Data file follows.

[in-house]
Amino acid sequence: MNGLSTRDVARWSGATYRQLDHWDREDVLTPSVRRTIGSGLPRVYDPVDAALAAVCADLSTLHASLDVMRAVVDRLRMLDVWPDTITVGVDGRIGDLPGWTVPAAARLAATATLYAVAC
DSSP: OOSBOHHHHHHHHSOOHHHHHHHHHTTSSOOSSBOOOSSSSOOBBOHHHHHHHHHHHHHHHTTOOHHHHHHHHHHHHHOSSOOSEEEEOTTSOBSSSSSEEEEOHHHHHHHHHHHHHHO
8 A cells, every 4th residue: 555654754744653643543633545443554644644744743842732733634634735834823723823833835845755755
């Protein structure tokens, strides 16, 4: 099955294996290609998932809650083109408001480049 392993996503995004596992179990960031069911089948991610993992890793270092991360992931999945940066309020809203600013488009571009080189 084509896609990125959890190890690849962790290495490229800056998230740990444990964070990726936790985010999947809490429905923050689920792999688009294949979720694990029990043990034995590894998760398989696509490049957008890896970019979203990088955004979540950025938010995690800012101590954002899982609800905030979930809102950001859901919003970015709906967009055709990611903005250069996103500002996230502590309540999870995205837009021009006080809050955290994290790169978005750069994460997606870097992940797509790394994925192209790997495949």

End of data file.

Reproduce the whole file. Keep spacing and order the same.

[in-house]
Amino acid sequence: MNGLSTRDVARWSGATYRQLDHWDREDVLTPSVRRTIGSGLPRVYDPVDAALAAVCADLSTLHASLDVMRAVVDRLRMLDVWPDTITVGVDGRIGDLPGWTVPAAARLAATATLYAVAC
DSSP: OOSBOHHHHHHHHSOOHHHHHHHHHTTSSOOSSBOOOSSSSOOBBOHHHHHHHHHHHHHHHTTOOHHHHHHHHHHHHHOSSOOSEEEEOTTSOBSSSSSEEEEOHHHHHHHHHHHHHHO
8 A cells, every 4th residue: 555654754744653643543633545443554644644744743842732733634634735834823723823833835845755755
């Protein structure tokens, strides 16, 4: 099955294996290609998932809650083109408001480049 392993996503995004596992179990960031069911089948991610993992890793270092991360992931999945940066309020809203600013488009571009080189 084509896609990125959890190890690849962790290495490229800056998230740990444990964070990726936790985010999947809490429905923050689920792999688009294949979720694990029990043990034995590894998760398989696509490049957008890896970019979203990088955004979540950025938010995690800012101590954002899982609800905030979930809102950001859901919003970015709906967009055709990611903005250069996103500002996230502590309540999870995205837009021009006080809050955290994290790169978005750069994460997606870097992940797509790394994925192209790997495949």